Cognitive scientists have documented the existence of “essentialist” intuitions in humans: from a very early age, we assume that things have deep unobserved properties that make them what they are. I provide a sketch of an adaptationist explanation of psychological essentialism, arguing that these intuitions are the unsurprising output of adaptations for inductive inference. Variations on this insight have previously been used mostly as after-the-fact speculations, yet theories of adaptive function should ideally have a primary role in informing psychological research. Here I propose that viewing essentialist intuitions through an adaptationist lens has implications for some widespread assumptions about the phenomenon. Notably, researchers' focus on “higher-level” processes like categorization has led them to assume that essentialism is restricted to a few cognitive processes, but the ubiquity of inductive inference problems in cognition suggests otherwise. Additionally, because essentialist intuitions are the output of mechanisms solving related but distinct inference problems, it is unlikely that a single mechanistic theory can account for them all.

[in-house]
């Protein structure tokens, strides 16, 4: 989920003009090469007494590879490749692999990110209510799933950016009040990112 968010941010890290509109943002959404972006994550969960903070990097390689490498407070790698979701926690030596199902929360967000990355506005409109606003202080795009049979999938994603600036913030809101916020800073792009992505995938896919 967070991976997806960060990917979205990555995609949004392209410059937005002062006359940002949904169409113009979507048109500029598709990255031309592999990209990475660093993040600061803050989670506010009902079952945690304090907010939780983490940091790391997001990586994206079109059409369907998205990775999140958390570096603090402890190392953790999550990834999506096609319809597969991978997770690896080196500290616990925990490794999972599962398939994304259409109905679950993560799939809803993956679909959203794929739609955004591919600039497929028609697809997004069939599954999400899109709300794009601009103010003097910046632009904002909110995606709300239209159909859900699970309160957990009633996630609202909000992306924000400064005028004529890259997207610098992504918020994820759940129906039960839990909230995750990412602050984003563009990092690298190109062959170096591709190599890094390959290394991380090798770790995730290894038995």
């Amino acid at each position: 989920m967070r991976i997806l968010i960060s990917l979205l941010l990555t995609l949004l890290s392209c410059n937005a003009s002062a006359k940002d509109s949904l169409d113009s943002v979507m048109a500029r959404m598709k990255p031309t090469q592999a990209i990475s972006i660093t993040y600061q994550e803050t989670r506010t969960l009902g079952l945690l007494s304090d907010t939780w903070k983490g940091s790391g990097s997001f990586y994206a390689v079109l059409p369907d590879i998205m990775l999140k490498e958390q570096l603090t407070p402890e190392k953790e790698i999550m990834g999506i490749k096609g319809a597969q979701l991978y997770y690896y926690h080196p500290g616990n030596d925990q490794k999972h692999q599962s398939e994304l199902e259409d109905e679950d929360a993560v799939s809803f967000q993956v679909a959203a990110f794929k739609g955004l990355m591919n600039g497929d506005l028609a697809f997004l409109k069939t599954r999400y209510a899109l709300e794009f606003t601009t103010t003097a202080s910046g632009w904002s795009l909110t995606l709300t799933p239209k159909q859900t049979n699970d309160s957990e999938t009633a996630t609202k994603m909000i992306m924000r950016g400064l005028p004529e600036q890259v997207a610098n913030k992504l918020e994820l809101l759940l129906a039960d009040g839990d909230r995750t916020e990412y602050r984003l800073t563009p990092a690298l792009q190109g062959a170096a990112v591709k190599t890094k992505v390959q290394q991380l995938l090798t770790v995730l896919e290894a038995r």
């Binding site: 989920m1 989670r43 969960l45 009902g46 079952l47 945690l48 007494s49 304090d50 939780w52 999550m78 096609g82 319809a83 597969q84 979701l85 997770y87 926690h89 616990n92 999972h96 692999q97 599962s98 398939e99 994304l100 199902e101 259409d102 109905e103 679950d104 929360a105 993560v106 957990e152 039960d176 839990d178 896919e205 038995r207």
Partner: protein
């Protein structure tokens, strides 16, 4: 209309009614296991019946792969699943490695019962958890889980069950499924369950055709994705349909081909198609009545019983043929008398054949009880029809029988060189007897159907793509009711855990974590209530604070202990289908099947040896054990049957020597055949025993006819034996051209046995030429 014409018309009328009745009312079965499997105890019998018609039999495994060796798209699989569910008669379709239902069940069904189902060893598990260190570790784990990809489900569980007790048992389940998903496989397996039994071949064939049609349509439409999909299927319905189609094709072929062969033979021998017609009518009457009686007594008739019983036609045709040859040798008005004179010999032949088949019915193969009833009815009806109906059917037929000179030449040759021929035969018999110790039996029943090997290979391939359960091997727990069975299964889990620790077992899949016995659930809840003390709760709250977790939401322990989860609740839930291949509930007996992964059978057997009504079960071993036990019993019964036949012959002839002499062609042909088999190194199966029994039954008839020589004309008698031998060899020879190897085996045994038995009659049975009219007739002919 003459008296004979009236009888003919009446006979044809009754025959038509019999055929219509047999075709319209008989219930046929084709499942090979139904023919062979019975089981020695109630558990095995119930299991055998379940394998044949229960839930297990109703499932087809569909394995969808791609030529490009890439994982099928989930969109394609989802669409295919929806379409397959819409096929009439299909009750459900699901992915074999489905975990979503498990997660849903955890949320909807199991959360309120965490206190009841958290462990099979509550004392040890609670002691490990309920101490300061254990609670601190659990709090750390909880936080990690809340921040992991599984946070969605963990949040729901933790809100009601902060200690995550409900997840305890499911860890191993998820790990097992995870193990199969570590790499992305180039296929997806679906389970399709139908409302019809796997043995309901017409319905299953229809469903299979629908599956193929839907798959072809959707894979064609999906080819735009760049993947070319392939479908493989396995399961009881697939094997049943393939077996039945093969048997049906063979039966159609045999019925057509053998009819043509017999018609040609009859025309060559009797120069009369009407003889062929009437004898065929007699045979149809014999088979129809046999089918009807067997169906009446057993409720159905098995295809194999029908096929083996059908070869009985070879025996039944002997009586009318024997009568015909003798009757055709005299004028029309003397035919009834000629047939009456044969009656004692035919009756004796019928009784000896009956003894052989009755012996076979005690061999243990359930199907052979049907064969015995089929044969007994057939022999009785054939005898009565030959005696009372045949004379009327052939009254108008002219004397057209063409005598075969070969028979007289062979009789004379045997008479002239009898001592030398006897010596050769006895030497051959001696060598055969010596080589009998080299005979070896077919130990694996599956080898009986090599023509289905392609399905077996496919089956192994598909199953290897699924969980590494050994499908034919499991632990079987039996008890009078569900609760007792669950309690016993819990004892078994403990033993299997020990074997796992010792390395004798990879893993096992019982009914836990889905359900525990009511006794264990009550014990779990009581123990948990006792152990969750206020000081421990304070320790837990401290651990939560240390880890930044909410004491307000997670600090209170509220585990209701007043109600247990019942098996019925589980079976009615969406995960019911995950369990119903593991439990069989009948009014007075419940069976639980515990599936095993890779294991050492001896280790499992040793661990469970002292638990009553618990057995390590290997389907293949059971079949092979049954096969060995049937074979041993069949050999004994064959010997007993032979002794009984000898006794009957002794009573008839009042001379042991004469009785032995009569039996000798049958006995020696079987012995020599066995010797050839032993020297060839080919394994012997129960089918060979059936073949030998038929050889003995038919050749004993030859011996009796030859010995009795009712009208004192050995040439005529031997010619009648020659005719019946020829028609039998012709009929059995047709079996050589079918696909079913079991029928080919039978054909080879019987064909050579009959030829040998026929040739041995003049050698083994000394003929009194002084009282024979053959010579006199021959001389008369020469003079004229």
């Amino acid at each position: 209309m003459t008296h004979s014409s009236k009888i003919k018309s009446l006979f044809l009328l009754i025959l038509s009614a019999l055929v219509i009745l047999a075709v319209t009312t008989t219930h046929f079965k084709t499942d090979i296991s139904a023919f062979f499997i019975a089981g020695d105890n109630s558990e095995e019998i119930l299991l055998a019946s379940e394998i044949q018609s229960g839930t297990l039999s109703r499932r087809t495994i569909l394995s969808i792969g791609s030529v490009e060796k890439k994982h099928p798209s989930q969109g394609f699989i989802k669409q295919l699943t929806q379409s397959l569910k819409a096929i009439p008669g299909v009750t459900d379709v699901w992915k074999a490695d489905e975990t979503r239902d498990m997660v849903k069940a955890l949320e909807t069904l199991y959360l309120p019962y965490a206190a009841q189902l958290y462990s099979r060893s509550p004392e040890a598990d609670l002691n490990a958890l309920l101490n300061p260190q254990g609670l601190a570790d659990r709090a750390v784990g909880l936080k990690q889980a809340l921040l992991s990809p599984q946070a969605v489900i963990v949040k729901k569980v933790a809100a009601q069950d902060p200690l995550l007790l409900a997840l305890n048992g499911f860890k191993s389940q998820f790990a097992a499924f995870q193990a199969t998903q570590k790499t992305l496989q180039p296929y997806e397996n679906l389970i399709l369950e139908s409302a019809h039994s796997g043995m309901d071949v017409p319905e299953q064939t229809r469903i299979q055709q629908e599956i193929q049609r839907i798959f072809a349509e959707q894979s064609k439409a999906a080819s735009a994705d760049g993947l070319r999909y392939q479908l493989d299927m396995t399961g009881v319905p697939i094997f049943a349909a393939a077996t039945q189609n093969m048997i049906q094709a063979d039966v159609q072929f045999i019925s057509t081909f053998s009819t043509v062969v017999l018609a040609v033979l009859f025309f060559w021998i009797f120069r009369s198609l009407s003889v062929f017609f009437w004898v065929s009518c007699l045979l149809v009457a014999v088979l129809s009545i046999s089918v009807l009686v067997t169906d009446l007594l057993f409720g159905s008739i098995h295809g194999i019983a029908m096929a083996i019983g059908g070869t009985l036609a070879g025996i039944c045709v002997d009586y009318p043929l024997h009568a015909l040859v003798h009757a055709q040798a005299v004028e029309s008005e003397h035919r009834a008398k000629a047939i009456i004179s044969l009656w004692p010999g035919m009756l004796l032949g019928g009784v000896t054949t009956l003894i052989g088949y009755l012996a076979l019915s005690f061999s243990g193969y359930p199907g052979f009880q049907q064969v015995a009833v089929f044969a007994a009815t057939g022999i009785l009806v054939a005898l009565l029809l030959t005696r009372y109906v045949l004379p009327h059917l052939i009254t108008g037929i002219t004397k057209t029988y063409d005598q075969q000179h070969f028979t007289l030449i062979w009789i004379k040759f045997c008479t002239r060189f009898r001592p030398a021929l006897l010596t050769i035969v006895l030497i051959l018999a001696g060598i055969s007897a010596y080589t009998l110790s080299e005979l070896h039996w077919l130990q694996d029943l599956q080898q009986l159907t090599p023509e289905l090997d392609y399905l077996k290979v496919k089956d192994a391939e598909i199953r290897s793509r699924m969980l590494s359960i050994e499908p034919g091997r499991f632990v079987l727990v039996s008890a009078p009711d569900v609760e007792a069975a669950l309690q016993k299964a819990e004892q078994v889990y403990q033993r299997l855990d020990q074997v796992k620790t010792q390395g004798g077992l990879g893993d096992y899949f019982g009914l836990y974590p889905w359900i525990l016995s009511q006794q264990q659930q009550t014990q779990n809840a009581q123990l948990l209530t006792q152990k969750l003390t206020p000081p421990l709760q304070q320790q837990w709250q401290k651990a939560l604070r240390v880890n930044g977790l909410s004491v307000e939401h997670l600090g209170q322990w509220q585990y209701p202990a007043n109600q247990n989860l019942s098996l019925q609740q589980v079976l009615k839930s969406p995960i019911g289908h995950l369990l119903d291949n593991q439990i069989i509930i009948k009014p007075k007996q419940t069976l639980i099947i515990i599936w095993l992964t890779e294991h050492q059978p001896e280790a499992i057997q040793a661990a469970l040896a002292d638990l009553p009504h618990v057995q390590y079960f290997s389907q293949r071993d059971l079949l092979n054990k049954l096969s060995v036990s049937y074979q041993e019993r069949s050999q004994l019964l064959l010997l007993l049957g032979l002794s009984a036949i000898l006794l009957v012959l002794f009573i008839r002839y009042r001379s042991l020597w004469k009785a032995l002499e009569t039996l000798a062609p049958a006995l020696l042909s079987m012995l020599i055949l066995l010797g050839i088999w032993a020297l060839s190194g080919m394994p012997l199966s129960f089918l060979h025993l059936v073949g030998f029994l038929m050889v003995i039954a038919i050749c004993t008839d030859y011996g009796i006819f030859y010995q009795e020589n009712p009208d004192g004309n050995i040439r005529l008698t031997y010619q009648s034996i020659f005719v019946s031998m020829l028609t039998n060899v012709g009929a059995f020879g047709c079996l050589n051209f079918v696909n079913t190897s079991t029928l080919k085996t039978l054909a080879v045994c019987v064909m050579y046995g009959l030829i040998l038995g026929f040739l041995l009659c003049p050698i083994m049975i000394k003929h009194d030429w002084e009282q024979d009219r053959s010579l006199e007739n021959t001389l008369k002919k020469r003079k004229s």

|Number of pages||8|
|Journal||Evolution and Human Behavior|
|Early online date||19 Jul 2018|
|Publication status||Published - 1 Nov 2018|
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